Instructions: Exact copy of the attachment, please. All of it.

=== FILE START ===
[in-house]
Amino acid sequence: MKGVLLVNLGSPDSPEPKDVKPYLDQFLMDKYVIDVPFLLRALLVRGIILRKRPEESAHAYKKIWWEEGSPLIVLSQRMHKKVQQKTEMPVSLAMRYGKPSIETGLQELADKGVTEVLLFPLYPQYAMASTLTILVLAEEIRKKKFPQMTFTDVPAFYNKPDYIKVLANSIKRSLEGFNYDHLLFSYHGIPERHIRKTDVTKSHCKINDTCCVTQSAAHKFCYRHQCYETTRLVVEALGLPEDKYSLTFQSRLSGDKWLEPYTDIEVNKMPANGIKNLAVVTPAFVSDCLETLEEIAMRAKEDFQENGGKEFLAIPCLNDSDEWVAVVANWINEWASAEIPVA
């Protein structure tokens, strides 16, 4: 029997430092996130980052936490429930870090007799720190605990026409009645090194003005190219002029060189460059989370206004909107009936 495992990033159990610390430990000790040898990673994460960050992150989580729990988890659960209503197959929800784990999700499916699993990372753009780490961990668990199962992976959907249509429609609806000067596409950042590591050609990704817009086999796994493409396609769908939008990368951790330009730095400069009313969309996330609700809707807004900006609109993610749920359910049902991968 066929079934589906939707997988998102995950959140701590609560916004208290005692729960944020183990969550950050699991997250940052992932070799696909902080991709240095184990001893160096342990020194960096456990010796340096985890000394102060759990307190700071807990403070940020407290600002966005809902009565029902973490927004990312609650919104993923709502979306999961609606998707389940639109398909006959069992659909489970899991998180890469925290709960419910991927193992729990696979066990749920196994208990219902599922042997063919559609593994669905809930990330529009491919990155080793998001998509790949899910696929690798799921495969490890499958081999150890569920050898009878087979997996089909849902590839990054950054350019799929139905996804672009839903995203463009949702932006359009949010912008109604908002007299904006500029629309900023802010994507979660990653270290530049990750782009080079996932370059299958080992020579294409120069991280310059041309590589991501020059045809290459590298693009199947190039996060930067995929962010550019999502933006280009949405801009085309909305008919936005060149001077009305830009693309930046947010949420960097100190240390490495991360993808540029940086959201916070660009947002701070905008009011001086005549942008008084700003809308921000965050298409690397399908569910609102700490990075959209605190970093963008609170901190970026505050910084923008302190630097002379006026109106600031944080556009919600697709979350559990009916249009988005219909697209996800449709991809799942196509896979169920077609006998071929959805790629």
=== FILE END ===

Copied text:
[in-house]
Amino acid sequence: MKGVLLVNLGSPDSPEPKDVKPYLDQFLMDKYVIDVPFLLRALLVRGIILRKRPEESAHAYKKIWWEEGSPLIVLSQRMHKKVQQKTEMPVSLAMRYGKPSIETGLQELADKGVTEVLLFPLYPQYAMASTLTILVLAEEIRKKKFPQMTFTDVPAFYNKPDYIKVLANSIKRSLEGFNYDHLLFSYHGIPERHIRKTDVTKSHCKINDTCCVTQSAAHKFCYRHQCYETTRLVVEALGLPEDKYSLTFQSRLSGDKWLEPYTDIEVNKMPANGIKNLAVVTPAFVSDCLETLEEIAMRAKEDFQENGGKEFLAIPCLNDSDEWVAVVANWINEWASAEIPVA
């Protein structure tokens, strides 16, 4: 029997430092996130980052936490429930870090007799720190605990026409009645090194003005190219002029060189460059989370206004909107009936 495992990033159990610390430990000790040898990673994460960050992150989580729990988890659960209503197959929800784990999700499916699993990372753009780490961990668990199962992976959907249509429609609806000067596409950042590591050609990704817009086999796994493409396609769908939008990368951790330009730095400069009313969309996330609700809707807004900006609109993610749920359910049902991968 066929079934589906939707997988998102995950959140701590609560916004208290005692729960944020183990969550950050699991997250940052992932070799696909902080991709240095184990001893160096342990020194960096456990010796340096985890000394102060759990307190700071807990403070940020407290600002966005809902009565029902973490927004990312609650919104993923709502979306999961609606998707389940639109398909006959069992659909489970899991998180890469925290709960419910991927193992729990696979066990749920196994208990219902599922042997063919559609593994669905809930990330529009491919990155080793998001998509790949899910696929690798799921495969490890499958081999150890569920050898009878087979997996089909849902590839990054950054350019799929139905996804672009839903995203463009949702932006359009949010912008109604908002007299904006500029629309900023802010994507979660990653270290530049990750782009080079996932370059299958080992020579294409120069991280310059041309590589991501020059045809290459590298693009199947190039996060930067995929962010550019999502933006280009949405801009085309909305008919936005060149001077009305830009693309930046947010949420960097100190240390490495991360993808540029940086959201916070660009947002701070905008009011001086005549942008008084700003809308921000965050298409690397399908569910609102700490990075959209605190970093963008609170901190970026505050910084923008302190630097002379006026109106600031944080556009919600697709979350559990009916249009988005219909697209996800449709991809799942196509896979169920077609006998071929959805790629």